My thumb pierces the skin of an orange releasing a mist and aroma that catapults me back to childhood Christmases in our tiny Kansas town. The annual Christmas program at our little church showcased the wonder of the true Christmas story along with a paper sack of treats after the last carol and prayer. Beneath the chocolates, hard candy, and peanuts in that sack, nested an orange. I'm sure we had an orange or two throughout the year but it was the Christmas orange that is embedded in my sensory memory. It is a memory so strong, I never peel an orange without revisiting it.
The senses of smell, touch, taste, and sound are sometimes even stronger than the sense of sight. Yet, we as writers often forget to include anything beyond what the eye sees in our descriptions.
A young man strolls along the docks of a fishing village in Colonial New England. His eyes are drawn to crates containing wondrous treasures being unloaded from the decks of a tall sailing ship anchored in the harbor. The sun sparkles off the bay forcing him to squint and nearly topple into a peddler's handcart.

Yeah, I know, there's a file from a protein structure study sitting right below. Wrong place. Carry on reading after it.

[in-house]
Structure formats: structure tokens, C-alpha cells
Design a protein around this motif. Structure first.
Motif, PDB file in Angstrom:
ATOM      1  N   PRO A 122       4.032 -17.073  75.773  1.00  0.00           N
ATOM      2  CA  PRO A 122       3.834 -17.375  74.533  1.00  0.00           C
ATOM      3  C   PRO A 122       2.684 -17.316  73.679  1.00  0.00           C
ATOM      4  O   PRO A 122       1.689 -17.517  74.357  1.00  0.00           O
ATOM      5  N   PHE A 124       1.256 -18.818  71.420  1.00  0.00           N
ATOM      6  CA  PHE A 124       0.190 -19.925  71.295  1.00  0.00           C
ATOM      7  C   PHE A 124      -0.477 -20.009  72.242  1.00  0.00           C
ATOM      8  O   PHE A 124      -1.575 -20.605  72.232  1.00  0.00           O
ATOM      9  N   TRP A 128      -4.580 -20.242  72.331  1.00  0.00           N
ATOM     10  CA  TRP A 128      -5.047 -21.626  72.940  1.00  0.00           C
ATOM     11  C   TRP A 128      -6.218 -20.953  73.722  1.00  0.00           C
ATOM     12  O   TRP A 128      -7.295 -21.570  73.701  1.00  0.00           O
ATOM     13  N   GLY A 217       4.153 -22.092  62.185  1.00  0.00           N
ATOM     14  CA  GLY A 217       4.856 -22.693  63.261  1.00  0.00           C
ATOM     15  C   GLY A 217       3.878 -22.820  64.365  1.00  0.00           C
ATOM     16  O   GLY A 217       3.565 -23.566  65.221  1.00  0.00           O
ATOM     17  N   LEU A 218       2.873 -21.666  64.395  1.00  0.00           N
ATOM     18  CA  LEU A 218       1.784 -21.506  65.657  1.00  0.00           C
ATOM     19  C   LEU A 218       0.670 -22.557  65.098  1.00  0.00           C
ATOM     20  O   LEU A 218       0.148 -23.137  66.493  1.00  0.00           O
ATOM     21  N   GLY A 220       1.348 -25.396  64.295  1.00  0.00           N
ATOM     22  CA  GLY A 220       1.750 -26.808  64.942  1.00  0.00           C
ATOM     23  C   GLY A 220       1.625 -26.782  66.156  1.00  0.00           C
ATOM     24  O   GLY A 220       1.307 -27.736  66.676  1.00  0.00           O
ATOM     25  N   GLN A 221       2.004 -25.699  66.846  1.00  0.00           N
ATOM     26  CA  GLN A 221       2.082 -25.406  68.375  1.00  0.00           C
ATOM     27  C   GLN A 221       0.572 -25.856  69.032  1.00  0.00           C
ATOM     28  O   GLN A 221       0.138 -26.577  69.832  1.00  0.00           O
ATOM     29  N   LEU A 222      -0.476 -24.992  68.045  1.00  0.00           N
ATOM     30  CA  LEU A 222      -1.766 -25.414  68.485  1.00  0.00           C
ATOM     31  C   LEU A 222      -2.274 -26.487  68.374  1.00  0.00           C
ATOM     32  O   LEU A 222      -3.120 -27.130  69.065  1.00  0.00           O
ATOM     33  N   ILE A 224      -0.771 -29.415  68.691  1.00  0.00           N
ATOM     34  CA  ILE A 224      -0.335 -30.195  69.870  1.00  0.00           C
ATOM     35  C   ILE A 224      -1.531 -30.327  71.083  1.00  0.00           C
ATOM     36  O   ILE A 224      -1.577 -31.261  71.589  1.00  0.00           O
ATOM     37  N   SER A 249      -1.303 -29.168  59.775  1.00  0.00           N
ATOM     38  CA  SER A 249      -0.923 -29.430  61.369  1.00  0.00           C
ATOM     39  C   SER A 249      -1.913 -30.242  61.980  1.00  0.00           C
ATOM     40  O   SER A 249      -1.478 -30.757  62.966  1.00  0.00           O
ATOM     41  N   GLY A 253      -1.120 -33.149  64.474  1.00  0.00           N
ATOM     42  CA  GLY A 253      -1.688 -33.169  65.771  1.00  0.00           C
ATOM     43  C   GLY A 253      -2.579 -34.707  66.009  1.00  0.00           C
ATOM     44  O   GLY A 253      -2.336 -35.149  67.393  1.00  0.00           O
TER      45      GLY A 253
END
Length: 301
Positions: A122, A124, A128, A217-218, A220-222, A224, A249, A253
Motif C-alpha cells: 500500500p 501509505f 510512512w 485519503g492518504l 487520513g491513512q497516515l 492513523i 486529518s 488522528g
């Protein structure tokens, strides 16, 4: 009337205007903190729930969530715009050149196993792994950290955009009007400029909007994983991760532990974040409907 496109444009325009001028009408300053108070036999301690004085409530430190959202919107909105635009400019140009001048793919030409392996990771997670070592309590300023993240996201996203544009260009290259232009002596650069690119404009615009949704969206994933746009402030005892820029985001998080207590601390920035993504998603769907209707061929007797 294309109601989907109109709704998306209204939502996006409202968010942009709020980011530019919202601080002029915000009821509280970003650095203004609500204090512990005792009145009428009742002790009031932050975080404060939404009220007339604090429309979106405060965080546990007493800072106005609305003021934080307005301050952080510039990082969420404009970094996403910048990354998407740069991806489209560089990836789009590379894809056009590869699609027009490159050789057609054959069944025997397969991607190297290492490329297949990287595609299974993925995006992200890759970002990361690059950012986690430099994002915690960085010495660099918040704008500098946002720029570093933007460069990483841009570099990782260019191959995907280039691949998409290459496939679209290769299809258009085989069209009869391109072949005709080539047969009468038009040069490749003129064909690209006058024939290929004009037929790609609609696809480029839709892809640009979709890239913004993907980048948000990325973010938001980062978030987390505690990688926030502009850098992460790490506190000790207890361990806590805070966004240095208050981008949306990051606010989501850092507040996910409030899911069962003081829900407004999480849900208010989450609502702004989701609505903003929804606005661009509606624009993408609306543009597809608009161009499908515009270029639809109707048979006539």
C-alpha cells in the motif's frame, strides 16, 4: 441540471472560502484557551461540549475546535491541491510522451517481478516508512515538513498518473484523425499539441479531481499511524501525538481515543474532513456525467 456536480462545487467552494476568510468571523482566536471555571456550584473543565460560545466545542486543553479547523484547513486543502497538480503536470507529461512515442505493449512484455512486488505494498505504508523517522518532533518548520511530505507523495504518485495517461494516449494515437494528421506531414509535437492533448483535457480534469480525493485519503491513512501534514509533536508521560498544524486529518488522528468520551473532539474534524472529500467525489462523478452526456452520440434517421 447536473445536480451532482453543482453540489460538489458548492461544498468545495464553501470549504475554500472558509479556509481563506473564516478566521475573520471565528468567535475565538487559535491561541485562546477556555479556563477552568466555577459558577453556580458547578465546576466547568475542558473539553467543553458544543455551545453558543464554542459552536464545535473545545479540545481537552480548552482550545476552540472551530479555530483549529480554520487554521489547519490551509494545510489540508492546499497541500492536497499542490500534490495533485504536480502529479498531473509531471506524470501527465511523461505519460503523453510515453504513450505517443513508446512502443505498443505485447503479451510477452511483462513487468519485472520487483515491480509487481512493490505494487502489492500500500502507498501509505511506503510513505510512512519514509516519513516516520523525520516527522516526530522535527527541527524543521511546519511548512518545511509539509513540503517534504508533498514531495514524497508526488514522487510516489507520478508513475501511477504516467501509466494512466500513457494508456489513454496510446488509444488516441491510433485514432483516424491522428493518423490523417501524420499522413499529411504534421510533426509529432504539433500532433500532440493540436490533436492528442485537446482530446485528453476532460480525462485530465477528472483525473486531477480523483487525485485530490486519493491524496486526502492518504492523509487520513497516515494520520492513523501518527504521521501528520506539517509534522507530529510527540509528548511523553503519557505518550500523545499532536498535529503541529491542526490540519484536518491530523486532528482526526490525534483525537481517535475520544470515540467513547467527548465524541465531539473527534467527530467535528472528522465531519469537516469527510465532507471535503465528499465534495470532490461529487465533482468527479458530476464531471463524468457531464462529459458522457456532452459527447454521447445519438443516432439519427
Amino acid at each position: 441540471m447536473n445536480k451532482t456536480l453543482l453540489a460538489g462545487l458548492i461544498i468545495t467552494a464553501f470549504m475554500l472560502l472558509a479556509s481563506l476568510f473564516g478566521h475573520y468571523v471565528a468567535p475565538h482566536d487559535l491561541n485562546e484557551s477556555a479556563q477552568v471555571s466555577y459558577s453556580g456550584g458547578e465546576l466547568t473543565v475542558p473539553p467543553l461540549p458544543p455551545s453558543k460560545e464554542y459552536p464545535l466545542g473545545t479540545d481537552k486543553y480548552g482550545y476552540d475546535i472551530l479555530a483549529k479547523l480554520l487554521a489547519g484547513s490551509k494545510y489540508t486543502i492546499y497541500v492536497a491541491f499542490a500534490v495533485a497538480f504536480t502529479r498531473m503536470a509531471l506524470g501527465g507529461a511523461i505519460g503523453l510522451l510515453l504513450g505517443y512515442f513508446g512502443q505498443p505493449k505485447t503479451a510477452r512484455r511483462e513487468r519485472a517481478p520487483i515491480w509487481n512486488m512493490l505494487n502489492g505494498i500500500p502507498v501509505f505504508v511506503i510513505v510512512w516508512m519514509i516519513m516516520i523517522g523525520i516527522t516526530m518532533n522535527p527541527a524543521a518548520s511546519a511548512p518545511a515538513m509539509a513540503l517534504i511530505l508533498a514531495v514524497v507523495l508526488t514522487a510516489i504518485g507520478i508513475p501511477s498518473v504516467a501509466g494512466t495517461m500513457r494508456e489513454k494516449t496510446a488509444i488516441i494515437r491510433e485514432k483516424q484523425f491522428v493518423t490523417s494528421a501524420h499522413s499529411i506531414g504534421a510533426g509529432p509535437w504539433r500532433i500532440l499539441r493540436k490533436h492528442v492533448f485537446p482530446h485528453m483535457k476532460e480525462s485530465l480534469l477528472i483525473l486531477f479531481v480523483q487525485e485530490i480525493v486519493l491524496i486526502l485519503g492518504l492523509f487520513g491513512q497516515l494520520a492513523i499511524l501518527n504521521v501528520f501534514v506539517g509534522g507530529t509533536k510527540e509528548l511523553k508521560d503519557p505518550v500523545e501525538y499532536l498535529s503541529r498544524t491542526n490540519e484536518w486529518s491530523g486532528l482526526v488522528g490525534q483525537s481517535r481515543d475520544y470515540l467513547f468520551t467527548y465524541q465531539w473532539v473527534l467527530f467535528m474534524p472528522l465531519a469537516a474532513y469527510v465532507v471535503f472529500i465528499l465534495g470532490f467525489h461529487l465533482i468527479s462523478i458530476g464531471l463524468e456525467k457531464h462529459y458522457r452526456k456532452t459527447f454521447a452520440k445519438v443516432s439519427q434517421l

It's a nice story but what about the sounds, smells, and textures of this scene? Sweating bodies, the scritch-scratch of his feet against uneven cobblestones, gulls screeching, the briny sea air--take your pick. Including all the smells and sounds would distract the reader but the perfect balance will provide more than just a painted picture. It will be a scene that is alive in your reader's mind.
Now, go peel an orange and see where it takes you.